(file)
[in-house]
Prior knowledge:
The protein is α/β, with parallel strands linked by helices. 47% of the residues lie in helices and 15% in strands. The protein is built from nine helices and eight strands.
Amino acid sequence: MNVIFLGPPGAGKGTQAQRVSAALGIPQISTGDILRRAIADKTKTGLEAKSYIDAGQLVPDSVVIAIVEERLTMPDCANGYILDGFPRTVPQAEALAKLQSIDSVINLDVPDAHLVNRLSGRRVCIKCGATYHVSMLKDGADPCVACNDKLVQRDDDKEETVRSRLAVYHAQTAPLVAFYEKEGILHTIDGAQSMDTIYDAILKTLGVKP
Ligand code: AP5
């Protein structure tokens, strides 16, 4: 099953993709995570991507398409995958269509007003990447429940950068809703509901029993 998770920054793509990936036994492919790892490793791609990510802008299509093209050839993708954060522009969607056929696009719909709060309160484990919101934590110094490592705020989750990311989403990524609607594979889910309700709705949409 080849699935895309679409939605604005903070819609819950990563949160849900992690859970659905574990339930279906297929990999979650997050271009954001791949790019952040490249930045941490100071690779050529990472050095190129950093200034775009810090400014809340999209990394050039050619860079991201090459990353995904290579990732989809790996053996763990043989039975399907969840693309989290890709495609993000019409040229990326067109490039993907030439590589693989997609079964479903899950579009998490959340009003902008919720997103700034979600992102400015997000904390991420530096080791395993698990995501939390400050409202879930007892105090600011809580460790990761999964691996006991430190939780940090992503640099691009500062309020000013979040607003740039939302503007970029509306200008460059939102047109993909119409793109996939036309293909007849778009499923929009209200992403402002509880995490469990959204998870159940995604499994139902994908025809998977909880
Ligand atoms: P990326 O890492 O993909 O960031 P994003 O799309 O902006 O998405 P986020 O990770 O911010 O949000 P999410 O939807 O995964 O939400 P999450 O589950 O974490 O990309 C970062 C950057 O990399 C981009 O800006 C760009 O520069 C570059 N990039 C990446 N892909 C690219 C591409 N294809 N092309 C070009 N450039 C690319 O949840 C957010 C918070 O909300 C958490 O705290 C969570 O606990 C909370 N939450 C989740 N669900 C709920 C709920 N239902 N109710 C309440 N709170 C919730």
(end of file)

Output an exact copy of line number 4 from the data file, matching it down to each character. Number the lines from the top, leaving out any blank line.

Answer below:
Amino acid sequence: MNVIFLGPPGAGKGTQAQRVSAALGIPQISTGDILRRAIADKTKTGLEAKSYIDAGQLVPDSVVIAIVEERLTMPDCANGYILDGFPRTVPQAEALAKLQSIDSVINLDVPDAHLVNRLSGRRVCIKCGATYHVSMLKDGADPCVACNDKLVQRDDDKEETVRSRLAVYHAQTAPLVAFYEKEGILHTIDGAQSMDTIYDAILKTLGVKP